IR2110 mosfet driver not working

For some reason when I use the ir2110 my circuit does nothing. Bootstrapping without it works perfectly. I’ve put the schematic I use in the down below (I got it from Tahmid’s blog). I’m using the irf3205 mosfet and the ir2110 mosfet driver. I’ve rebuilt it many times so I don’t think thats the problem. My only guess is that maybe the power supply for the bootstrapping ins’t a good one. I’ve using a 9V battery or 2 in parallel.
I’m using an arduino uno for the logic supply and the inputs. Any ideas as to why this is happening?

ir2110.pdf (329 KB)

irf3205.pdf (97.8 KB)

VCC of the IR2110 is 10V minimum. It might work at 9V, but it might not, especially when it turns on and the voltage droops. 9V batteries are not very good at high current operation.

I don't know what you mean by "Bootstrapping without it works perfectly."

I tried it with a 12v 2a power supply and it still wont do anything. What I mean by "Bootstrapping without it works perfectly" is that if I try bootstrapping without this circuit, everything will work . The problem is just when I use this chip.

What do you mean by "bootstrapping"? My understanding of that word doesn't fit this situation.

I would start debugging by writing a simple program that toggles HIN slowly and measure HIN and HO to make sure they are working as expected. Then repeat with LIN and LO. Once you have the output of the Arduino working correctly and the IR2110 is working, then it's just a matter of making sure your transistors are wired correctly.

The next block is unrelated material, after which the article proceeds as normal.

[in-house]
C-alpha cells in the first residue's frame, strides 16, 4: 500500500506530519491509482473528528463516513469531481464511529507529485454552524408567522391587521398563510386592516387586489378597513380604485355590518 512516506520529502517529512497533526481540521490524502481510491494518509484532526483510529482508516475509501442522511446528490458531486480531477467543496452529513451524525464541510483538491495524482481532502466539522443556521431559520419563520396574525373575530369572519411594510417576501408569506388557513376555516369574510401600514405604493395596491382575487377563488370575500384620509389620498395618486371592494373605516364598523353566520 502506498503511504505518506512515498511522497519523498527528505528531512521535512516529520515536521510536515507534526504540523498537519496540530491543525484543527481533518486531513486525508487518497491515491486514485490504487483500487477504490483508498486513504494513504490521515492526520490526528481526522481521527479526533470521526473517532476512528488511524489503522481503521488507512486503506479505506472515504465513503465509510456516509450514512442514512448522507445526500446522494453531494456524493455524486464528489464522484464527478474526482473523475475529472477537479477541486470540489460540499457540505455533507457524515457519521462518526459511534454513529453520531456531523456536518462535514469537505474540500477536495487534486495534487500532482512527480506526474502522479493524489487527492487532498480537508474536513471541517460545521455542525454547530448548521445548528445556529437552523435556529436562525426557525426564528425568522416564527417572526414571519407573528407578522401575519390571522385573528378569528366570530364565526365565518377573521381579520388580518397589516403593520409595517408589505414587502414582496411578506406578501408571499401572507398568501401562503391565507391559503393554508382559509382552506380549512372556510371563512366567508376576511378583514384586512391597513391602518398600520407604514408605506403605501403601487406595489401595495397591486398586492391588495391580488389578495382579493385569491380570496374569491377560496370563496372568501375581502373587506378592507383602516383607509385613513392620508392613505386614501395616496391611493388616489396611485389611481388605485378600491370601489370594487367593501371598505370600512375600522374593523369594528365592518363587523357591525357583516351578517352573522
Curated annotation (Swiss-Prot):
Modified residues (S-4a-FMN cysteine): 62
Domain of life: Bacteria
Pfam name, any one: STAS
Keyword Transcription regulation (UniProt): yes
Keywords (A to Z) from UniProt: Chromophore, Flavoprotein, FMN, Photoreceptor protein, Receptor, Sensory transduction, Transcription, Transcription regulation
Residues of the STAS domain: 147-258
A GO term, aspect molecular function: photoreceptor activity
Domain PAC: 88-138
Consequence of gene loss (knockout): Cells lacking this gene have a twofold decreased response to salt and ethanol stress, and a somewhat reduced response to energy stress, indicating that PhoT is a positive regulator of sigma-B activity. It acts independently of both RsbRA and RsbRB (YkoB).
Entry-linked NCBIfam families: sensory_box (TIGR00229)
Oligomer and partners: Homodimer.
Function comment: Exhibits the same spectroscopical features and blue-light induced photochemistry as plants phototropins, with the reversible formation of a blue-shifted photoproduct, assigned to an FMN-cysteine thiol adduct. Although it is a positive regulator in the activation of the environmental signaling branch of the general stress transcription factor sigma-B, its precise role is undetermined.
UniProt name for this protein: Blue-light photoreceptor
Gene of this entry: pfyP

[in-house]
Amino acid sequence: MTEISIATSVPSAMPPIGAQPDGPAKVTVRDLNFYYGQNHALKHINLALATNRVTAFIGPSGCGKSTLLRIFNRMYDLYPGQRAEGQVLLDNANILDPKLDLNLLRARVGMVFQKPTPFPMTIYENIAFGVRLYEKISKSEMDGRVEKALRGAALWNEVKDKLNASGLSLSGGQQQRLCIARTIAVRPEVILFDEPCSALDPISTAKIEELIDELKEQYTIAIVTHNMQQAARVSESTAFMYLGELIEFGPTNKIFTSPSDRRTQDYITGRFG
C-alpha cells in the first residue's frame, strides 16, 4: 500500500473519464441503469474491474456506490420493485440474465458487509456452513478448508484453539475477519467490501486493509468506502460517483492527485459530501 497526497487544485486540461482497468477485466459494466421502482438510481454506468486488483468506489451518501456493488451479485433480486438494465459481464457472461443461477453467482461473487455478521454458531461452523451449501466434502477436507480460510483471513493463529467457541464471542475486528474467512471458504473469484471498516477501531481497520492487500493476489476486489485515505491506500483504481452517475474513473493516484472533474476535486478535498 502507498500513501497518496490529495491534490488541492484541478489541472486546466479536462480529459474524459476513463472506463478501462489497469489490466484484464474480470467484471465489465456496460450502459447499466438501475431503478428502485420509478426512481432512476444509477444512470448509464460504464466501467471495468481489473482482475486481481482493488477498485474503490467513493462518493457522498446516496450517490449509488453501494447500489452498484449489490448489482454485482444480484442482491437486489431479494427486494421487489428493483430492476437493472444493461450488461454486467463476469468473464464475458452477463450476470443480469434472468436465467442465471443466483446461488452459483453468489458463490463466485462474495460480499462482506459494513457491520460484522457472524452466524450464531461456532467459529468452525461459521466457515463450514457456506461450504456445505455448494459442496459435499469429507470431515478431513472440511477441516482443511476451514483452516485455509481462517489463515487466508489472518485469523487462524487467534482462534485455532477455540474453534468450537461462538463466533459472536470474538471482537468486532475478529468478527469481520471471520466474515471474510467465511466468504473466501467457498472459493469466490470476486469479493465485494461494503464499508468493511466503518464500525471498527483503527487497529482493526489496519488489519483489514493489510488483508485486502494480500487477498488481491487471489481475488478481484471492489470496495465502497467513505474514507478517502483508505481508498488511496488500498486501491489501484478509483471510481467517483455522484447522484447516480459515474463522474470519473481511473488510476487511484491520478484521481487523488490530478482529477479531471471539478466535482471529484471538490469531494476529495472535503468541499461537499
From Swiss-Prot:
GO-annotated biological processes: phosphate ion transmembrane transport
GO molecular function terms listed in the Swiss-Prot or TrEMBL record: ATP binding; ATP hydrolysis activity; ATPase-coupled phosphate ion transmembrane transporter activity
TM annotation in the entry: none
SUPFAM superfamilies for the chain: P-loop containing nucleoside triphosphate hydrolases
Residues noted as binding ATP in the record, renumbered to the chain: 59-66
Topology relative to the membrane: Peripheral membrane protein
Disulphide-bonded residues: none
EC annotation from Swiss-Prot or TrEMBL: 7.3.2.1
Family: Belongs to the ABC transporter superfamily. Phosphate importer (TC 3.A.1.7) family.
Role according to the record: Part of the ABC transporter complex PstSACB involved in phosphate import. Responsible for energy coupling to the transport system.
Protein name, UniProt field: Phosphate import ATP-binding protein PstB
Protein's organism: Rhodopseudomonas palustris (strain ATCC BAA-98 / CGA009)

What is R3 doing other than discharging your bootstrap cap really fast? Lose it and R4, the driver chip does such protection duties for you...

Having lost R3 you can then remove C1 and thus stop it putting large current spikes through the diode.

The rule of thumb is have the bootstrap capacitor the same number of nanofarads as the total gate charge of the MOSFET is in nanocoulombs.

So a 22nC MOSFET would use a 22nF bootstrap cap, etc. 22uF is orders of magnitude too large.

The total decoupling capacitance on the 12V supply needs to be at least 10 times the bootstrap cap value.

You have no decoupling on the 12V supply, the driver's got no chance of coping, it will under-volt cutout on every cycle.

100nF on the 5V Vdd supply is plenty, its a logic supply. The 22uF is much much more needed on the 12V Vcc which is pushing large currents (ie +/- 2A into/outof the gates).

Are you really working at 300V BTW? You'll need to proceed with a lot of caution with MOSFETs at that voltage - IGBTs would be more robust.